Creating Value Through Acquisitions When Capital Isn’t Free

by Frank Hopson

How a company defines success influences whether acquired targets check boxes or create value.

In March 2022, the Federal Open Market Committee (FOMC) took a significant step to curb inflation in the United States by raising interest rates for the first time in three years. The S&P 500 closed that day at 4,358, but struggled to meaningfully surpass that level in the following 18 months. The message was clear: the era of free money was over, and capital costs were back in play.

Low capital costs fuel speculative growth because, with minimal discounting, a dollar a year from now holds nearly the same value as a dollar today. However, as capital costs rise, each extra year needed to generate revenue significantly diminishes the investment’s ultimate value.

The Shift in Market Dynamics

Between March 2022 and January 2024, the FOMC raised interest rates 11 times, creating shockwaves in U.S. markets. Companies and investors had to adjust to the new reality, which saw a dramatic decline in IPOs, from $338.7 billion in 2021 to just $26.2 billion in 2023, according to Bloomberg. Acquisitions also took a hit, with the value of deals involving U.S.-listed companies falling to $963 billion in 2023 from $1.8 trillion in 2021.

However, this reset on speculative growth can be beneficial. Fear of missing out (FOMO) can lead to poor capital allocation, diverting funds from strong business lines to speculative ventures. In contrast, a more value-based approach balances existing business investments and disruptive innovation.

Rebounding Momentum in M&A Activity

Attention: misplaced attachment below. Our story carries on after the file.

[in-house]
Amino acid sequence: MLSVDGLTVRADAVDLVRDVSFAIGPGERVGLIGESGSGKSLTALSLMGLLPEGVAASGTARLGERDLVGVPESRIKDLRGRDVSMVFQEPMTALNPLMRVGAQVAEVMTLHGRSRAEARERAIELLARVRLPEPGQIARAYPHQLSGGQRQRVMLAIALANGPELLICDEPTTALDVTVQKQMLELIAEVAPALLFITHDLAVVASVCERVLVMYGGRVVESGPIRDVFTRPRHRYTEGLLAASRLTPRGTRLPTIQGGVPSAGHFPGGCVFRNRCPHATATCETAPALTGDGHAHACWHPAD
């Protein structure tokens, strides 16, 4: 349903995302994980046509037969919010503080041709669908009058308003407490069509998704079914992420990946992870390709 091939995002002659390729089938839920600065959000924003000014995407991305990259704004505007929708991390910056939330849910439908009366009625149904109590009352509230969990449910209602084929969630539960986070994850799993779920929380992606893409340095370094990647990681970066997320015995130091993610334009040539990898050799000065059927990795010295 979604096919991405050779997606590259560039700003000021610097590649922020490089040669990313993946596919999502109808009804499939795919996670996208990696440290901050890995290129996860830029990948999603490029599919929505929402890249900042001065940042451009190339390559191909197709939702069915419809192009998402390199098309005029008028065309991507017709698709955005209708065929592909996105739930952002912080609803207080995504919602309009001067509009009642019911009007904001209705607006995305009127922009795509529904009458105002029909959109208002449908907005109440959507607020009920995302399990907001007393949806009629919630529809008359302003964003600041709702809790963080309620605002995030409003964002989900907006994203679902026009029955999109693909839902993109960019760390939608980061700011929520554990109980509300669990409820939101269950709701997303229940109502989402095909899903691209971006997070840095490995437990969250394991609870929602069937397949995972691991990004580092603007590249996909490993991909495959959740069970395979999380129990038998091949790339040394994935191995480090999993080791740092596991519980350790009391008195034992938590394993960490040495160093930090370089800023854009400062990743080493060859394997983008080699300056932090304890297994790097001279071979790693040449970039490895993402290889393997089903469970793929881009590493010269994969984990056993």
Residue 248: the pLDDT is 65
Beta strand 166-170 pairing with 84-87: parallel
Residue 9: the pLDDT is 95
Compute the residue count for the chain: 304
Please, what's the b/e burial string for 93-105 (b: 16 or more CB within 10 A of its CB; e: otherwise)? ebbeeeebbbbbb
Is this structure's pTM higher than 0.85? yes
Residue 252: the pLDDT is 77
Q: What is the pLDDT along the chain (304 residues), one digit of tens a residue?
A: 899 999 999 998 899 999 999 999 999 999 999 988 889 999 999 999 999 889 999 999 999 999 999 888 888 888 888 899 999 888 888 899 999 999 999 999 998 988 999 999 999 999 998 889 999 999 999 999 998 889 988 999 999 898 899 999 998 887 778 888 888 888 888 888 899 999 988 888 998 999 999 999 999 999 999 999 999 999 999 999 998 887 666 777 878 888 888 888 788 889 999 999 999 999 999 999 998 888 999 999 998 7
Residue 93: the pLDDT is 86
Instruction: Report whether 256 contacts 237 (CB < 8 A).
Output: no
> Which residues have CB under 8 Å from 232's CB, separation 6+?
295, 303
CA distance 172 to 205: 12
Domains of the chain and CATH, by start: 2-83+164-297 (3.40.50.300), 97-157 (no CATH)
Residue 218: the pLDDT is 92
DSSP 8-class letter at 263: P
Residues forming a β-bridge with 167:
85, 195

By April 2024, M&A activity rebounded as announced deals involving U.S.-listed companies increased by more than a quarter to $345 billion, up from $270 billion in the same period the previous year. While it's uncertain if this momentum will continue, companies now need to rigorously evaluate their acquisition strategies to ensure success.

Crafting a Winning Acquisition Strategy

Identifying a promising target is just the first step in a successful acquisition strategy. Companies need a clear intent for how an acquisition will enhance their broader strategic goals, rigorous due diligence processes that emphasize people and culture, and post-acquisition integration focused on accountability.

Strategic Intent and Self-Assessment

Higher costs of capital are prompting management teams to scrutinize their acquisition targets more carefully, but they must also regularly assess their organization's values, processes, and ability to scale. Acquisition strategies should align seamlessly with resource allocation processes that aim to close product, service, and capability gaps. How your organization defines success sets the standard for prioritizing decisions and guides your resource allocation process. Economic profit serves as a valuable benchmark for success, balancing growth, profitability, and asset utilization into a single metric that empowers leaders to prioritize value creation regardless of the business model.

Due Diligence with a People-Centric Approach